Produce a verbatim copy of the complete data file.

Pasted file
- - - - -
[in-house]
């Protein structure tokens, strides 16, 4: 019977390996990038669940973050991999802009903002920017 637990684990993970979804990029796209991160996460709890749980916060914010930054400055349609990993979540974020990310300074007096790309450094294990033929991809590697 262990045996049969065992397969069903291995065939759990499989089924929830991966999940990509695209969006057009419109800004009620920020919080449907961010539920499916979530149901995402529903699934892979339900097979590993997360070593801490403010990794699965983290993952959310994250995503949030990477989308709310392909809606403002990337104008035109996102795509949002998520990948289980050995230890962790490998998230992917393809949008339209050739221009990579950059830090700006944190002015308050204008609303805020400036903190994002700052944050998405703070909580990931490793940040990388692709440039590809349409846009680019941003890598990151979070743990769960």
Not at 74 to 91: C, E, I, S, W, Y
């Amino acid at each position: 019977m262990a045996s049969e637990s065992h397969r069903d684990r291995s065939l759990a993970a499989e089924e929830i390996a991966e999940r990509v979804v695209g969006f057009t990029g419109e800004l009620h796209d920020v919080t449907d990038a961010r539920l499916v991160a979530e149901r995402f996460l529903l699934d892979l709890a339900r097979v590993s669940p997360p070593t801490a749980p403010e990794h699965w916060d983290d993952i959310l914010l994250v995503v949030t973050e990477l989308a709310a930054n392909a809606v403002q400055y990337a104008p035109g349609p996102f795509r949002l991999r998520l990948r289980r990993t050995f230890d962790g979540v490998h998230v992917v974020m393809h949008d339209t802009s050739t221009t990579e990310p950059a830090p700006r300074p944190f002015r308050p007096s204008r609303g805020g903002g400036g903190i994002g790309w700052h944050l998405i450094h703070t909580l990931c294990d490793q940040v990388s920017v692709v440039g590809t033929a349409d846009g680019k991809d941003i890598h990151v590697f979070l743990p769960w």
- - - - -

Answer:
[in-house]
């Protein structure tokens, strides 16, 4: 019977390996990038669940973050991999802009903002920017 637990684990993970979804990029796209991160996460709890749980916060914010930054400055349609990993979540974020990310300074007096790309450094294990033929991809590697 262990045996049969065992397969069903291995065939759990499989089924929830991966999940990509695209969006057009419109800004009620920020919080449907961010539920499916979530149901995402529903699934892979339900097979590993997360070593801490403010990794699965983290993952959310994250995503949030990477989308709310392909809606403002990337104008035109996102795509949002998520990948289980050995230890962790490998998230992917393809949008339209050739221009990579950059830090700006944190002015308050204008609303805020400036903190994002700052944050998405703070909580990931490793940040990388692709440039590809349409846009680019941003890598990151979070743990769960």
Not at 74 to 91: C, E, I, S, W, Y
């Amino acid at each position: 019977m262990a045996s049969e637990s065992h397969r069903d684990r291995s065939l759990a993970a499989e089924e929830i390996a991966e999940r990509v979804v695209g969006f057009t990029g419109e800004l009620h796209d920020v919080t449907d990038a961010r539920l499916v991160a979530e149901r995402f996460l529903l699934d892979l709890a339900r097979v590993s669940p997360p070593t801490a749980p403010e990794h699965w916060d983290d993952i959310l914010l994250v995503v949030t973050e990477l989308a709310a930054n392909a809606v403002q400055y990337a104008p035109g349609p996102f795509r949002l991999r998520l990948r289980r990993t050995f230890d962790g979540v490998h998230v992917v974020m393809h949008d339209t802009s050739t221009t990579e990310p950059a830090p700006r300074p944190f002015r308050p007096s204008r609303g805020g903002g400036g903190i994002g790309w700052h944050l998405i450094h703070t909580l990931c294990d490793q940040v990388s920017v692709v440039g590809t033929a349409d846009g680019k991809d941003i890598h990151v590697f979070l743990p769960w």